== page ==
Sen stayed with the mine workers’ trade union, slowly getting immersed in the language and culture of Chhattisgarh. Many people, she tells me, have asked her why she chose to live in Chhattisgarh. It was not a conscious decision, but after “...learning the culture and language, I felt at home...it became impossible to think of moving away.” She sustained herself with her research, while spending most of the day working with tribal mine workers. “There was no average day, you know. An average day would be spent with people in what you would call the field - in villages, rural settings, tribal settings.Some days I would be writing up my experiences, writing as part of my research...I was speaking their language fluently, singing their songs, and I enjoyed it hugely.”

Throughout our conversation, she often emphatically says that she never felt like “a lamb that had been sacrificed.” She is resistant against the image of the upper middle class bleeding-heart NGOer, living in privation in order to uplift the lowly working-classes. “I...loved Chhattisgarh...I loved the place, I loved the people...I never felt martyred.” When she was in Chhattisgarh, she was living on Rs. 1000 a month, but she didn’t feel like anything she did was a sacrifice. Both she and her husband, Binayak, did what they did out of choice, and because they wanted to. And they both enjoyed their work very much.

She speaks about the NGO that they both set up. In Rupantar, they worked on gender issues and trainings, as well as agrobiodiversity. They started documenting the different indigenous strains of rice and seed banks Chhattisgarh had, and she started learning about adivasi ecology.

Here’s a story she told me which helped me understand how her feminist and ecological work is connected. At one point, the Bhilai Steel Plant, which employed a lot of women in the trade union as contract labor, was trying to modernise the plant. The women realised their jobs were at risk - they could potentially be replaced by machines and more formally-skilled labour that would have the technical know-how of how to operate the plant. Sen embarked on a huge study with the mine workers of how mechanisation affects women workers. The women workers, after the study, took a resolution (that the whole trade union followed through with) to think about the kind of technology a country like India needed to have. Since people were not in short supply, India did not need to follow the same automation norms many less populated countries needed to. Technology options needed to be rethought such that everyone’s work - men’s as well as women’s - was equally valued, and there was space for people to develop new skills within the job setting. “It was an entirely new way of looking at women and work,” Sen says. They needed to think about what the community needed and what kinds of lives would be livable, convivial, and sustainable. This work, it seems to me, was about prioritising development strategies that privilege those often left behind, displaced, and marginalised by traditional strategies of development - who are often women and members of the working class.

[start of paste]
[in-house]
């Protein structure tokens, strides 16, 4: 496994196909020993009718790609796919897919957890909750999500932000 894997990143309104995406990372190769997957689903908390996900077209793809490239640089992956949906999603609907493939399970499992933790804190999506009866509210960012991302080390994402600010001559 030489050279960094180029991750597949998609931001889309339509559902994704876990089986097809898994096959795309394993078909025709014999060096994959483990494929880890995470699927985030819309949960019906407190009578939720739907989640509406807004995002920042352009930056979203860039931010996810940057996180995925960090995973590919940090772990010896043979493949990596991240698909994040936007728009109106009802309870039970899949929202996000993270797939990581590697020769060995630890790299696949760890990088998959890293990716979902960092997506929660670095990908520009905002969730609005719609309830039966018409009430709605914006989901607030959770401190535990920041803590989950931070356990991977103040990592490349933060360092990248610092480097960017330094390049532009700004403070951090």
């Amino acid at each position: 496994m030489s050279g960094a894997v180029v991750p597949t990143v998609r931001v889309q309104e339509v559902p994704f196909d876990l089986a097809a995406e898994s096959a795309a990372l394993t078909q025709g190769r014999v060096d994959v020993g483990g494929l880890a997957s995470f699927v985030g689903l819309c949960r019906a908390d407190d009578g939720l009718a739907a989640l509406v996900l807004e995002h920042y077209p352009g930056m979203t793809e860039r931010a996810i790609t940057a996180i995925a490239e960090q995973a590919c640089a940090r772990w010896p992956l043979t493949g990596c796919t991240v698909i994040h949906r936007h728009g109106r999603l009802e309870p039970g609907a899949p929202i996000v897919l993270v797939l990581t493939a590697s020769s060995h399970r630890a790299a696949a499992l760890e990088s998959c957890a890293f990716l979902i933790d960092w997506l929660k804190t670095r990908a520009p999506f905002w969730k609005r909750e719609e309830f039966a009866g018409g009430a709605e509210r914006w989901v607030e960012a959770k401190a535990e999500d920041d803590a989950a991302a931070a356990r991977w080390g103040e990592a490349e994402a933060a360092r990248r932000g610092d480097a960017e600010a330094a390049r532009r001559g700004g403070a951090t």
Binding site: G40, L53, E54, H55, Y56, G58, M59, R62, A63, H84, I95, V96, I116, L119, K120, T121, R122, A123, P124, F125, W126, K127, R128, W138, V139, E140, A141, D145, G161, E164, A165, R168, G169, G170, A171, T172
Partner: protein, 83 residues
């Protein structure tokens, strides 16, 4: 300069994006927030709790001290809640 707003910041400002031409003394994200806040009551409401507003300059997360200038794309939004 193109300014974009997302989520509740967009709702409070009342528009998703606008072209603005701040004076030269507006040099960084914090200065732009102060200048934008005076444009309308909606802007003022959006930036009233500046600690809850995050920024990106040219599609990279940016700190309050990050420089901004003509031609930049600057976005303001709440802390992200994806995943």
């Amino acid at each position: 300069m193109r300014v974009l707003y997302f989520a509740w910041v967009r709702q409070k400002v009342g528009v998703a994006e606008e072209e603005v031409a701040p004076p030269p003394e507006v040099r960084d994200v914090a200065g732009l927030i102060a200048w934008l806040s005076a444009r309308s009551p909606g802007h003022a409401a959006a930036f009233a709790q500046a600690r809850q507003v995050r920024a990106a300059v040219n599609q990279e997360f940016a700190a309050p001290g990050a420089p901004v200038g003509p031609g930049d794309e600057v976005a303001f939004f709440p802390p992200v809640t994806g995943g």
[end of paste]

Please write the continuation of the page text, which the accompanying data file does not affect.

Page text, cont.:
-x-

Sen has lived through a lot of change in Chhattisgarh - for example, the granting of statehood in 2000. Earlier, she says, “Chhattisgarh was just one forgotten corner of Madhya Pradesh, and Madhya Pradesh itself is a forgotten part of India. It wasn’t well connected, except Bhopal, Gwalior...some areas like Khandwa, because of Medha Patkar’s movement...Chhattisgarh bahut zyada kabhi - it wasn’t really connected.” Unlike their neighbour Jharkhand, Chhattisgarh never had a strong movement for a separate state. However, their culture and language was very different from the rest of Madhya Pradesh’s, and administratively, living in Madhya Pradesh was difficult since everything was so far away. So when statehood was granted, Sen says, “there was general happiness that the administration was coming close...and everything was going to be more convenient. There was a sense of joy and happiness, that at last we have our place in the sun, our culture, our language [is being recognised]. That feeling lasted for four or five years.”